SPEAKING to Luke Jackson, it is hard to avoid the F-word.
The F-word in question stands for "Folk" and the 19 year old Canterbury singer-songwriter’s profile has been done no harm at all after being nominated in this year’s BBC Radio 2 Folk Awards in both the junior (Young Folk Award) and senior (Horizon Award for new talent) competitions.
"Although I didn’t win an award, it does mean getting your foot in the door and getting in front of a new group of people," he said.
"When you want to get booked for gigs and say you are a double folk awards nominee, that makes people more likely to book you.
"The experiences as well was one of the most brilliant of my musical career."
Despite his place on this year’s nomination list, you would wait in vain for Jackson to start signing a traditional murder ballad or stick a finger in his ear, so it does raise the issue of just how comfortable he is with that F-word.
"It’s a strange genre, isn’t it?" he laughed.
"I was surprised, to be honest, that I was accepted into that world. One thing I never do is try and write songs in genres. I just write songs and whatever sort of vibe the have is due to the topic.
"I’ve been accepted into that world, but at the same time, kids who are into the more mainstream stuff like my music as well. But the folk industry is great because it has such a family feel. People are there to help each other and will take you under their wing. It’s great to be involved in that."
It was Jackson’s guitar-playing father who first shaped young Luke’s musical tastes and some of his dad’s music heroes, like Britain’s Richard Thompson and America’s John Hiatt have become big influences on his music and songwriting.
"It was my dad who first got me to pick up a guitar," Jackson added.
"He played slide and acoustic guitar, but I went onto the electric guitar to learn all the solos and rock music and all that sort of stuff. But when I started writing songs, I immediately went back to the acoustic. That’s how it all kicked off, really."
Like many young musicians, Jackson was also part of a band for a while. However, because he formed the band at college with fellow students from different parts of Kent and none of them drove at the time, getting together to rehearse proved a logistical nightmare.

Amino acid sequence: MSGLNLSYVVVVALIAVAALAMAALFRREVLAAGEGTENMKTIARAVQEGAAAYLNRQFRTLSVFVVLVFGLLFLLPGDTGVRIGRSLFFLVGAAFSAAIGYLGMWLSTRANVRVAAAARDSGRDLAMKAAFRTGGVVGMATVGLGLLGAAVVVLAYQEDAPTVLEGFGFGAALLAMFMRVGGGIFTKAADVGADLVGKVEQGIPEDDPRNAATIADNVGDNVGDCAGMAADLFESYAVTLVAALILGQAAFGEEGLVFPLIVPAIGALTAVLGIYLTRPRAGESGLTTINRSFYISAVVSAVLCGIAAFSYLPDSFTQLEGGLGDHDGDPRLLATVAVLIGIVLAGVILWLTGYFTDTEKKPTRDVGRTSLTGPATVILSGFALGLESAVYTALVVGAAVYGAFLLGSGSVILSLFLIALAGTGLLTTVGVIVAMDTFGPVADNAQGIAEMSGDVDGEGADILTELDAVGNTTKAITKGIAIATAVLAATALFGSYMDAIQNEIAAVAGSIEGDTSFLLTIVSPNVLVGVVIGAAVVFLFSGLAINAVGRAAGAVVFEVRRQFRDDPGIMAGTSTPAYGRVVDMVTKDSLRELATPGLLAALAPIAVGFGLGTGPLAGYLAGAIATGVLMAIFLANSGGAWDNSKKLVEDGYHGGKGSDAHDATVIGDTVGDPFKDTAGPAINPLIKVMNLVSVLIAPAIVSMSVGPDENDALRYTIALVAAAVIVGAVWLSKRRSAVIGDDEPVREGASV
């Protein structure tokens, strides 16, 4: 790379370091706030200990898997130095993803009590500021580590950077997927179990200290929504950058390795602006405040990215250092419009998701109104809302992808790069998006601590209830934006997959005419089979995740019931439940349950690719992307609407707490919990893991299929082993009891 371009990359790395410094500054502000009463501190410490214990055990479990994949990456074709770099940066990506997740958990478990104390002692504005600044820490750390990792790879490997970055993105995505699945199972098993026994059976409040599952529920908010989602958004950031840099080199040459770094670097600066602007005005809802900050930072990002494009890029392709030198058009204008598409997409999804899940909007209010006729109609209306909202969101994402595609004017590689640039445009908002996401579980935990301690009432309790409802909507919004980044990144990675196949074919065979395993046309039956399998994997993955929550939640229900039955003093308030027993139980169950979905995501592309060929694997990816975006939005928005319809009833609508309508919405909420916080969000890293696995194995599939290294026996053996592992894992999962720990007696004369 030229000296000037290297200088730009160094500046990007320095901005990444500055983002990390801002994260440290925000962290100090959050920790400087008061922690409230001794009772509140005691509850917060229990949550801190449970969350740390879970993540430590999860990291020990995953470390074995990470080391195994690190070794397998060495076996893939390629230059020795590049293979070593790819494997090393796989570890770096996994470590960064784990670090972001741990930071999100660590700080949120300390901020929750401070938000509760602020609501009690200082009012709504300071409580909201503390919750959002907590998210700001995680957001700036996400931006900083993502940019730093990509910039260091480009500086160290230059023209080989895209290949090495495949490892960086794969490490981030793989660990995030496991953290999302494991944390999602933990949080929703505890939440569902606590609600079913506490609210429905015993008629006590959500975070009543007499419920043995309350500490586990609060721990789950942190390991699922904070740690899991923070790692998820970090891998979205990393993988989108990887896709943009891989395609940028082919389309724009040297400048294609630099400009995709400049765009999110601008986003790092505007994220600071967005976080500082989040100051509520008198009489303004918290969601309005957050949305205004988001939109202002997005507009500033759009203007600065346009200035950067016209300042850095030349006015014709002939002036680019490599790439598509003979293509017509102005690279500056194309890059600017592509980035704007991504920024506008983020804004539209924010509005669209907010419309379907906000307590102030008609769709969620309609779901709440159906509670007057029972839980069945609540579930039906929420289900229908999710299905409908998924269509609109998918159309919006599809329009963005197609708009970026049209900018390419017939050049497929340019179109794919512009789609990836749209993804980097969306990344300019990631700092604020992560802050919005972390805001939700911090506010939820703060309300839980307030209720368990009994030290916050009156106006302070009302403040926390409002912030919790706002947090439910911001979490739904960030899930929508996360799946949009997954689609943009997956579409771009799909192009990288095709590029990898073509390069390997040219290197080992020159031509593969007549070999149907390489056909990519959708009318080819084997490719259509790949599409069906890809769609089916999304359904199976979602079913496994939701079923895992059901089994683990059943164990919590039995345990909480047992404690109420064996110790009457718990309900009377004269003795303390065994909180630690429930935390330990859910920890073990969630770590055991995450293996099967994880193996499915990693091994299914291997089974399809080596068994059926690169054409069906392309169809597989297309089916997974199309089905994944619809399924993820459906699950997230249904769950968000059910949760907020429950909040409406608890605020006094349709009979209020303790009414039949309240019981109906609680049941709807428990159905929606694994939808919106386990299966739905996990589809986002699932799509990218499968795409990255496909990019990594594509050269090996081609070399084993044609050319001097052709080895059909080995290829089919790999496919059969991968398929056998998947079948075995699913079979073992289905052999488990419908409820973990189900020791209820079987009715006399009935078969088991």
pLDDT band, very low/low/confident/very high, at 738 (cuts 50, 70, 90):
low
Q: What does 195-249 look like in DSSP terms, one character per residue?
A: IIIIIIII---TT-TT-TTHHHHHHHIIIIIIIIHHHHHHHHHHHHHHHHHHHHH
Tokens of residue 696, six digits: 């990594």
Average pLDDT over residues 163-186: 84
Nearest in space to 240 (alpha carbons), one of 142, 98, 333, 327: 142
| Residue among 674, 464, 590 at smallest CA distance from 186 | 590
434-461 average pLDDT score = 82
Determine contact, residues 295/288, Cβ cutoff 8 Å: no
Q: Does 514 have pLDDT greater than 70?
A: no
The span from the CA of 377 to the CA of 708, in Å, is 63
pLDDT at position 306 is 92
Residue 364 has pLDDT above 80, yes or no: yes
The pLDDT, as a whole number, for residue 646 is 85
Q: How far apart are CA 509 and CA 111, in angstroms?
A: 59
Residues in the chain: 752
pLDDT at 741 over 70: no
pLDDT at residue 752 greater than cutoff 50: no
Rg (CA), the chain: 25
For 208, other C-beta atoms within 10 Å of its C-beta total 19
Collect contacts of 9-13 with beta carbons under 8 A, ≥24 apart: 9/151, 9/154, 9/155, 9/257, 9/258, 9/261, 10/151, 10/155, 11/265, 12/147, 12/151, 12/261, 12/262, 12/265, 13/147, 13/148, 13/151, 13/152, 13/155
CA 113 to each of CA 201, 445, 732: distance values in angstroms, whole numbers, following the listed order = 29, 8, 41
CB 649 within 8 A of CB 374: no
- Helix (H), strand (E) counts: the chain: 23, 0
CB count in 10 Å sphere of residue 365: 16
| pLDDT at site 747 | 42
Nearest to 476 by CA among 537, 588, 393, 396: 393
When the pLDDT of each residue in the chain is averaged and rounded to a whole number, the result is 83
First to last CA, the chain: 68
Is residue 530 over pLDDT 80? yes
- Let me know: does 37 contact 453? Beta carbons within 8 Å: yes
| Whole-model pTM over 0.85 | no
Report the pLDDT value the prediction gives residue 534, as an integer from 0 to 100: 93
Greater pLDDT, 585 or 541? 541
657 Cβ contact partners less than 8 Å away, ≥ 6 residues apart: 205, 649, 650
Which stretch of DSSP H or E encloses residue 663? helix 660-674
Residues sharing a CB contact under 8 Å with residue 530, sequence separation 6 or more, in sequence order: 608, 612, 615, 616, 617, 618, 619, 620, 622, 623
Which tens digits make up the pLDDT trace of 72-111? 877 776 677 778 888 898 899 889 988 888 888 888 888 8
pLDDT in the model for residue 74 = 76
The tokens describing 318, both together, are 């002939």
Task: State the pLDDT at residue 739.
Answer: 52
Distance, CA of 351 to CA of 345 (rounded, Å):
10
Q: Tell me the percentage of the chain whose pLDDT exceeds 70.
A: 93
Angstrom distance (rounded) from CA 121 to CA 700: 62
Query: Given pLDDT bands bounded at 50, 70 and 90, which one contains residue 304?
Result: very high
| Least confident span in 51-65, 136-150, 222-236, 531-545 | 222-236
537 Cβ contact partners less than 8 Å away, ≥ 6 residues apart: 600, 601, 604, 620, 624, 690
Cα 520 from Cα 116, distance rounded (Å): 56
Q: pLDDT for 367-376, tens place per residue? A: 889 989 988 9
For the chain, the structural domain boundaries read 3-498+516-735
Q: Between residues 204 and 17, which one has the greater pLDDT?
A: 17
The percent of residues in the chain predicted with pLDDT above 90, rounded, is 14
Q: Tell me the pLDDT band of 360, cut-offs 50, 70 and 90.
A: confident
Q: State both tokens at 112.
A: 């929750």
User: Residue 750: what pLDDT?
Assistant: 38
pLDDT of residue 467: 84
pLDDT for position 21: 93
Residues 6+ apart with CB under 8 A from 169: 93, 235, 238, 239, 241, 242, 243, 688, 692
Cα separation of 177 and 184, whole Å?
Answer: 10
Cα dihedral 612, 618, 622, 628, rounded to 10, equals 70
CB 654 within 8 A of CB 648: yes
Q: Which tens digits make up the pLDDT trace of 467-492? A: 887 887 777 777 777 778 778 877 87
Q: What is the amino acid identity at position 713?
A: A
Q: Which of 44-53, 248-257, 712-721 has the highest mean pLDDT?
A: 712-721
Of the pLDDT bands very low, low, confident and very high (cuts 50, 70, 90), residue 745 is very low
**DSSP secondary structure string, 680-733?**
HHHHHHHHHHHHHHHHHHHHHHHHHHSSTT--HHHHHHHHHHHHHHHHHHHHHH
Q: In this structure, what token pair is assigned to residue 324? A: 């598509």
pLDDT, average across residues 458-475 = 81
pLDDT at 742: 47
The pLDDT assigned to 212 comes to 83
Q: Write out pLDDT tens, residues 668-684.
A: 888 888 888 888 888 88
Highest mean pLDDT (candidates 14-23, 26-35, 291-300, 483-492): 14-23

"When I was at college, I found the stuff I was writing with the band was completely different, up-tempo indie stuff," he said.
"That was great fun as well because when you are with a band you do different things you wouldn’t normally do on your own."
In the meantime, Jackson enjoys driving from gig to gig on his own, though he admits he might be interested in doing something with other musicians, perhaps as a trio, in the future.
"Writing story songs and just trying to engage with people with just me and my guitar is what really excites me," he said.
Still a teenager, Jackson has been playing music for almost half his life. Soon after getting his first guitar at the age of 10, he was singing covers and soon progressed to appearing at open mic nights.
"I was nervous at first, but soon after that, I just got excited and keen to play," he said.
His debut album, More Than Boys, touches on issues of childhood, from climbing trees with friends to riding bikes with no brakes and the feelings of parents watching their children grow.
Yet Jackson says he did not think of a theme while recording the album, and instead had just brought the 11 best songs he had at the time to the recording studio.
"They were about growing up and childhood days and I think that was because I was about to leave college and take that big step into the big wide world," he said.
"I’ve always tried to write stuff that was quite close and personal to me, but I thought that if I was writing about growing up, everyone grows up. It will interesting to look back at the album in 10 years because by then I might have finished playing the songs, and see what effect it has on me and if it conjures up childhood memories. I’ve never actually thought of it like that."
The album was produced by Welsh singer-songwriter Martyn Joseph. Like Steve Knightley of the band Show of Hands, Joseph is an inspiration who has become a friend.
"I was fans of their music before I started working with them," he said.
"I look up to those guys massively. Working with Martyn and going on a few tours with him have been some of the best times of my life. I see him partly as a mentor, but he’s more of a friend who is in the same trade and has helped me out massively with my craft. It’s the greatest feeling to have that after being such a fan of his music."
Jackson is currently working on his second album, which should have a different feel from More Than Boys.
"It’s got more of a band feel. Some of the songs are done as a three piece," he said.
"It’s been great fun taking the song and building up percussion and so on."
The topics of his songs has also changed, so out go the growing-up tales.
"After More Than Boys I started to feel that I’d done that album, so I can’t keep writing songs about that," he said.
"The newer songs have a more bluesey feel, which is interesting because I haven’t been listening to more blues music than I usually do.
"It’s all story songs. I love telling stories and taking people for a journey and painting pictures in their heads. As long as I’m doing that, I’m happy with the way that my songwriting is going.
•Luke Jackson on tour in Scotland: Wednesday 16th October, Old Bridge Inn, Aviemore; Thursday 17th October, Hootananny, Inverness; Friday 18th October, Mosset Tavern, Forres; Sunday 20th October, Cheers Bar, Fraserburgh; Monday 21st October, Tunnels, Aberdeen.